It is more poignant for me because this is Dad's birthday, and Strauss died on this same day. In my mind, they are linked together.
But this piece is very interesting, musically speaking. As Beethoven announced the beginning of the romantic era, this was its end - and the start of the modern era. He wrote what is perhaps the culmination of the operatic tradition.
The story of Tristan and Isolde is very old, one of the Troubadour ballads from the High Middle Ages. Tristan is a knight, sent to bring Isolde as a bride to King Mark. Caught at sea in a storm, they drink a love potion, thinking it was a sea sickness cure, and fall madly in love with each other. The love is doomed, and in Gottfried of Strassburg's twelfth century version of the story, one of the travelers with them says, "Tristan, you have drunk your death."
Their doomed love is brought to life by Wagner in his opera, not least because of how he scored the work, and especially the finale here. Liebestod means "Love's death", and it is the Romeo and Juliet simultaneous death scene. Wagner revolutionized opera by his use of harmonic suspension, a repeated refusal to complete unfinished themes. This refusal builds tension which is only released at the final, lyrical completion. This particular scene is striking in how you hear the suspension from the very beginning of the video, and how it allows a very subdued final chord to be magnificent. It takes a full six minutes to reach the "aha" moment where the theme resolves, which makes the resolution even more sweet.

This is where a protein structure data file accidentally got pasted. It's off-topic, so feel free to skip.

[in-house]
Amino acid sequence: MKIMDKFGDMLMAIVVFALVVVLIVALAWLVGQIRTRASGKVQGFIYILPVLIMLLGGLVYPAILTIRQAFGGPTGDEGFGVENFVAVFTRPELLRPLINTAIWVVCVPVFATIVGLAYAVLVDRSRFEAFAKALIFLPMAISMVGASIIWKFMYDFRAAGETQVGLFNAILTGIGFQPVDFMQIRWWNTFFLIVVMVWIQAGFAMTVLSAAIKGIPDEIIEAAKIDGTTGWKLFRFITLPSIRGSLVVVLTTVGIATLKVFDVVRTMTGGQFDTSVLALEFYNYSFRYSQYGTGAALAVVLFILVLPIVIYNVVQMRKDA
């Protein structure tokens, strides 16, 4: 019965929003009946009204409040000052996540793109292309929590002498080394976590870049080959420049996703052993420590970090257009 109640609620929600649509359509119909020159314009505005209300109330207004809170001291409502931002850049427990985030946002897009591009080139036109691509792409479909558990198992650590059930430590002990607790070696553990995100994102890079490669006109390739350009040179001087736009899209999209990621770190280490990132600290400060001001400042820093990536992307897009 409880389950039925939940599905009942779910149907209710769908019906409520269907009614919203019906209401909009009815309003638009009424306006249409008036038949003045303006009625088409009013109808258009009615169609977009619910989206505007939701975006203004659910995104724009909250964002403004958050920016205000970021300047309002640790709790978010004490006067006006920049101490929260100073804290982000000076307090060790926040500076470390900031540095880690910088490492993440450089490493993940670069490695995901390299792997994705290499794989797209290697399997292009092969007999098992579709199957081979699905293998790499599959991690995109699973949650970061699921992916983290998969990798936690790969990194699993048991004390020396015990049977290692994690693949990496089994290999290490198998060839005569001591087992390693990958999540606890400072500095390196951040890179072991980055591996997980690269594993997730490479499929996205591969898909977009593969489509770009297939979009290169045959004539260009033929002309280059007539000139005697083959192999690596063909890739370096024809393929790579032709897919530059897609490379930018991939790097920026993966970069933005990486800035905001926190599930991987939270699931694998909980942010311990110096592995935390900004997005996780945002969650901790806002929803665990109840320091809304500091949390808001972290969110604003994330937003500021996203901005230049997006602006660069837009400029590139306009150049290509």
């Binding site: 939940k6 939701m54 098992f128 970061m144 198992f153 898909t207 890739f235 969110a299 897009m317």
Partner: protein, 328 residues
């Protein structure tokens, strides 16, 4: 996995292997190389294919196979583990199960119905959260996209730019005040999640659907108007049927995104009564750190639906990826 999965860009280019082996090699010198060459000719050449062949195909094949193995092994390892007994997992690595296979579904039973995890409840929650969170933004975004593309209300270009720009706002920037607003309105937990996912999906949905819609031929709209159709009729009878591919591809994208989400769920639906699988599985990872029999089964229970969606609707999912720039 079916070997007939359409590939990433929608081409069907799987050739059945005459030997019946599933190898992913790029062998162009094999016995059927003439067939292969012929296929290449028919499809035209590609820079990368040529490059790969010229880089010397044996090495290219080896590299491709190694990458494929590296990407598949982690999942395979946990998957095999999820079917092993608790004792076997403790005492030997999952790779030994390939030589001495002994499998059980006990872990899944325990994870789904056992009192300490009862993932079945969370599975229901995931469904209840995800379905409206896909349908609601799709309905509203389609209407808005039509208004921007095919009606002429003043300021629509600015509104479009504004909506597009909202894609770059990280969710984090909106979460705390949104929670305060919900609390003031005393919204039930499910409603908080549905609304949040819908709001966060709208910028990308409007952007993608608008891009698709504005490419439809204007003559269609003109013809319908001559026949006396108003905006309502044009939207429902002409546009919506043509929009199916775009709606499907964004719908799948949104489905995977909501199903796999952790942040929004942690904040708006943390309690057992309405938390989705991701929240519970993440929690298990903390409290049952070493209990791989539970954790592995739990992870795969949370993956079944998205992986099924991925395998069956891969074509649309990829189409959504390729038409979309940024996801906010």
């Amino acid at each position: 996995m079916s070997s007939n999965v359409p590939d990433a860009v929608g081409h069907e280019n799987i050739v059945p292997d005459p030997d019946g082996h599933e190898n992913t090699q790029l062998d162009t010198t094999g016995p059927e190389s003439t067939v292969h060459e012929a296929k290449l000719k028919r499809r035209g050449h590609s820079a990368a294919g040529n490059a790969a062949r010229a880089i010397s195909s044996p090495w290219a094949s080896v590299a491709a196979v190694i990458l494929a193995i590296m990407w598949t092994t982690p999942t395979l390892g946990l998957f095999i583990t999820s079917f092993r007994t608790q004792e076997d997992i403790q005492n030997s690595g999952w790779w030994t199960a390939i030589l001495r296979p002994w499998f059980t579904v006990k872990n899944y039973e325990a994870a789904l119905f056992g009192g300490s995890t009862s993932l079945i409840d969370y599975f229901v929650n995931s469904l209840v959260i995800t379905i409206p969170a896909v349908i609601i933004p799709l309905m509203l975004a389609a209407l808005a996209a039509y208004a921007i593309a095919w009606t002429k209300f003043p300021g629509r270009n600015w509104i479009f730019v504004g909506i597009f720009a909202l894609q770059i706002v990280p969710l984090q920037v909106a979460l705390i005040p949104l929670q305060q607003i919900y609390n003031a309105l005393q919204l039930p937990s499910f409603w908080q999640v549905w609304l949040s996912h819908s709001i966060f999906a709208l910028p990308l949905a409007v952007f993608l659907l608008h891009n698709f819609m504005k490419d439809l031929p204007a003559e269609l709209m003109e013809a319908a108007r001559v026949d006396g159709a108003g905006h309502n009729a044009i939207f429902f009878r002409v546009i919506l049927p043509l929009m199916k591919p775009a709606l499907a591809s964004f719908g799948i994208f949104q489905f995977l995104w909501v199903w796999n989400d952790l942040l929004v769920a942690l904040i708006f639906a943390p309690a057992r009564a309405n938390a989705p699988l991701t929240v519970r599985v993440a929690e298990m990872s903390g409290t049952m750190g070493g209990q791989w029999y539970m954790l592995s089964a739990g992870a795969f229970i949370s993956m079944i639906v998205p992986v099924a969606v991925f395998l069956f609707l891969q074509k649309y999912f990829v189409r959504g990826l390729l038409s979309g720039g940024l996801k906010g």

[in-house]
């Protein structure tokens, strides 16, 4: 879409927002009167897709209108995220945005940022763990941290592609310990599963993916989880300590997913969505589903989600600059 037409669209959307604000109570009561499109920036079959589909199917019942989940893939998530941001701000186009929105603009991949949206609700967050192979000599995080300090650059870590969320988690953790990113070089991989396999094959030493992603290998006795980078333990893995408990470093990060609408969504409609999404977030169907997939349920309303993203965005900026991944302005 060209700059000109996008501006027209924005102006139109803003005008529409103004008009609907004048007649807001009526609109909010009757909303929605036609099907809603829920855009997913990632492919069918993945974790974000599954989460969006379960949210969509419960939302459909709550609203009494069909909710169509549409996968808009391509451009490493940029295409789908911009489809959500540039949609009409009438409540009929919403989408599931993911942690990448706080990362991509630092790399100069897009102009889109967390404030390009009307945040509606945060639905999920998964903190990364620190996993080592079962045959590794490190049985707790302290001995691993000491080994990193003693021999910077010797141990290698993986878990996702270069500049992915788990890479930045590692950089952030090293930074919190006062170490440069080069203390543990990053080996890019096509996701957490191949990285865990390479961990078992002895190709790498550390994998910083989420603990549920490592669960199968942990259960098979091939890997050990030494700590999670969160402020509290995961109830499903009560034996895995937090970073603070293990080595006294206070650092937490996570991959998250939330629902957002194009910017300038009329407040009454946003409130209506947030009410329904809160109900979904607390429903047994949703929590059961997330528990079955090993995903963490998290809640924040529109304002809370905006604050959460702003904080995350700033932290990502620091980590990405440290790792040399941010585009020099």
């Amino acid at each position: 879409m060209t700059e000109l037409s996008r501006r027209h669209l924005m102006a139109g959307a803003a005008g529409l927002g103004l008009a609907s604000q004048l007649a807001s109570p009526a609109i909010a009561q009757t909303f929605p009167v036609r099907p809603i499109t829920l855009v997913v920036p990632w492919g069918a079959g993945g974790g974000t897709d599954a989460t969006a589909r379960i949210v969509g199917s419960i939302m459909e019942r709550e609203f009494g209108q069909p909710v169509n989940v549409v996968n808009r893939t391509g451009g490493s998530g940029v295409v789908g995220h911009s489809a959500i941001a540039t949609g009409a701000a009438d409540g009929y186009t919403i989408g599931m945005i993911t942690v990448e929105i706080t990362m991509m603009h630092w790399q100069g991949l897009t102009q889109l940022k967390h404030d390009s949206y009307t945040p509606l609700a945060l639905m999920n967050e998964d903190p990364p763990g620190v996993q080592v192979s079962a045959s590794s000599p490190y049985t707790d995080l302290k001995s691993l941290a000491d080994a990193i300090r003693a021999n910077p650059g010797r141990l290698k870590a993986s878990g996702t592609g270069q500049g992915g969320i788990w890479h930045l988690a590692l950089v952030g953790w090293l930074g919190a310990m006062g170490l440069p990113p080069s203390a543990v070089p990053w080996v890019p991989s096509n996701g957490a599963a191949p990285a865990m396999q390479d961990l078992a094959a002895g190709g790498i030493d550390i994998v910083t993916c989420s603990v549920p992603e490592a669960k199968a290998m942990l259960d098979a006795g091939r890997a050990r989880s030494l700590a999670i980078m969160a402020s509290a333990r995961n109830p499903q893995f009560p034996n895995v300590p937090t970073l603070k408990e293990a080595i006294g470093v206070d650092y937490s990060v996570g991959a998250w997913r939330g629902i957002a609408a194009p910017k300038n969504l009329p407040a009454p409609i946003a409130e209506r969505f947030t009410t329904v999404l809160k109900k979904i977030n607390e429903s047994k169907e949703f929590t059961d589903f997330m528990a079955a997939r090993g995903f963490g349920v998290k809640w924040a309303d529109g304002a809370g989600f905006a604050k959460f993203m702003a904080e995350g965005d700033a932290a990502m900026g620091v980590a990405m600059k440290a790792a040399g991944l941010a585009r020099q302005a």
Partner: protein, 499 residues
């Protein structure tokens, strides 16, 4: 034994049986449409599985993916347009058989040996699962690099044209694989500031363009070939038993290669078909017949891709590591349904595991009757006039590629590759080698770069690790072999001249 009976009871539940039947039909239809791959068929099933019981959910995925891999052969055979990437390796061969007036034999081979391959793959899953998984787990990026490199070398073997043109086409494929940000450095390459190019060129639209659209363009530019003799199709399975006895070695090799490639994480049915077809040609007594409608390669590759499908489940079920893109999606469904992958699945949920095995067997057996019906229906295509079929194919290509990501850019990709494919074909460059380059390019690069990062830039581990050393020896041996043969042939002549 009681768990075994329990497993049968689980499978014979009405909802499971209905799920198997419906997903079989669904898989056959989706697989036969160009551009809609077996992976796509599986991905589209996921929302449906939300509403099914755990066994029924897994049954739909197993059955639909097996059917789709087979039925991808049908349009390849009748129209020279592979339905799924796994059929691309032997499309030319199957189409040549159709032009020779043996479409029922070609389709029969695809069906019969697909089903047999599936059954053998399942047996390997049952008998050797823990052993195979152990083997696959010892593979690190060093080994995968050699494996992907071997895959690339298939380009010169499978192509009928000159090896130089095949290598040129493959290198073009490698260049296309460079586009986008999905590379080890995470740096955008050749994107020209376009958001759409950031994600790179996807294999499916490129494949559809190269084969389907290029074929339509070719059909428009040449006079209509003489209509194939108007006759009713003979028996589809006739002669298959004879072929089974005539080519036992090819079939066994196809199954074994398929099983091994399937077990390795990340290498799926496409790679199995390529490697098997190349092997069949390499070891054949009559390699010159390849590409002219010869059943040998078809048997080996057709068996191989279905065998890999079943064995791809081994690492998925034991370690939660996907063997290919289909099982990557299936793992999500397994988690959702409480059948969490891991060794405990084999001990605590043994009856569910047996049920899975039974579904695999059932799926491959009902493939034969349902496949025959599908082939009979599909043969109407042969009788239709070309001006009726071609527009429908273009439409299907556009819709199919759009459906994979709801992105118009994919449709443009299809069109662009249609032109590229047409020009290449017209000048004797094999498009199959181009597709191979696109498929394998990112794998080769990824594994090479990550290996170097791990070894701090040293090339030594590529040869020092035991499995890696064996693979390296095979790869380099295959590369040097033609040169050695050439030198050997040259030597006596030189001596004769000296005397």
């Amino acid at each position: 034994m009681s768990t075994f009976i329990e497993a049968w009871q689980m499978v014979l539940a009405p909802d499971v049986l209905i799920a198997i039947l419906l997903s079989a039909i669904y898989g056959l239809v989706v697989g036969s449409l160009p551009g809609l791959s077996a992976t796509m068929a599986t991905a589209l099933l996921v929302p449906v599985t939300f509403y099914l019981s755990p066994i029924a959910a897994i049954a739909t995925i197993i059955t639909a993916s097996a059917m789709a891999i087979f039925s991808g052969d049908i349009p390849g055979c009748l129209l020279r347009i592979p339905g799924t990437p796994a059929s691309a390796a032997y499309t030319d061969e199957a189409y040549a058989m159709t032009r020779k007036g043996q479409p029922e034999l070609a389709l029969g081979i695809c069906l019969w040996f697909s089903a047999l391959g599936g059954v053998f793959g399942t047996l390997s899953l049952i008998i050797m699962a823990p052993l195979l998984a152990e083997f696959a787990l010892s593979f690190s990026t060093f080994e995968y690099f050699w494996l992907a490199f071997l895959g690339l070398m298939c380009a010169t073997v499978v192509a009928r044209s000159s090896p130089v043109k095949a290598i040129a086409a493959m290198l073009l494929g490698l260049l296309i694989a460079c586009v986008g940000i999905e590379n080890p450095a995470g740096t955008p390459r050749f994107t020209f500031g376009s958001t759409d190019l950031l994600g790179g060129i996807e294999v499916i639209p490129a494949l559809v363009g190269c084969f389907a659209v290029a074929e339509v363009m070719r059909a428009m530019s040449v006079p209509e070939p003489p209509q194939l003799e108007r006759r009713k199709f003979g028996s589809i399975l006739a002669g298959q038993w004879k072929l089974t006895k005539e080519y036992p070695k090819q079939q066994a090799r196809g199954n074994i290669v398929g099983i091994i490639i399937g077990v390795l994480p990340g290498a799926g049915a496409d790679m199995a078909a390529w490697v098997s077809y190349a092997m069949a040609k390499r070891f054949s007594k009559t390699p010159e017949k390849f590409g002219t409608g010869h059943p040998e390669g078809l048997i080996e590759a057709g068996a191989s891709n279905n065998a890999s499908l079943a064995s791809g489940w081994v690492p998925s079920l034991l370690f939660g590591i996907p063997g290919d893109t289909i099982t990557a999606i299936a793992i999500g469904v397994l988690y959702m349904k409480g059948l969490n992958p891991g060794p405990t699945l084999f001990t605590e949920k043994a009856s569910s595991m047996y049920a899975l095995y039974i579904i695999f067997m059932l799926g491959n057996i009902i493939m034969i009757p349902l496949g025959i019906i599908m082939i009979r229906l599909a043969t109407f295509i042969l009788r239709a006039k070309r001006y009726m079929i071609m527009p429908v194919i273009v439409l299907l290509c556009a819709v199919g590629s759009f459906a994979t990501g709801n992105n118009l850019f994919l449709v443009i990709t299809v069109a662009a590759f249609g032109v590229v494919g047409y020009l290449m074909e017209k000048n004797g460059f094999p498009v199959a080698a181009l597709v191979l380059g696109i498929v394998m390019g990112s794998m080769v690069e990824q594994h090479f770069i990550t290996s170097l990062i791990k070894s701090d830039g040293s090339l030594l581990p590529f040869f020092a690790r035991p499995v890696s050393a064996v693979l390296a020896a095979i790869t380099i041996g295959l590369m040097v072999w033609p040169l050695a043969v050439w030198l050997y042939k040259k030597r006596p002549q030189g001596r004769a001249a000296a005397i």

Mom and Dad took me to hear this (they had season tickets to the Symphony). I'd never heard it before, and it led to a memorable chat with Dad about Gottfried von Strassburg, Schopenhauer, inflection points in music, and how they're all bound up in this music. I sure miss those.
Happy birthday, Dad. I sure miss you.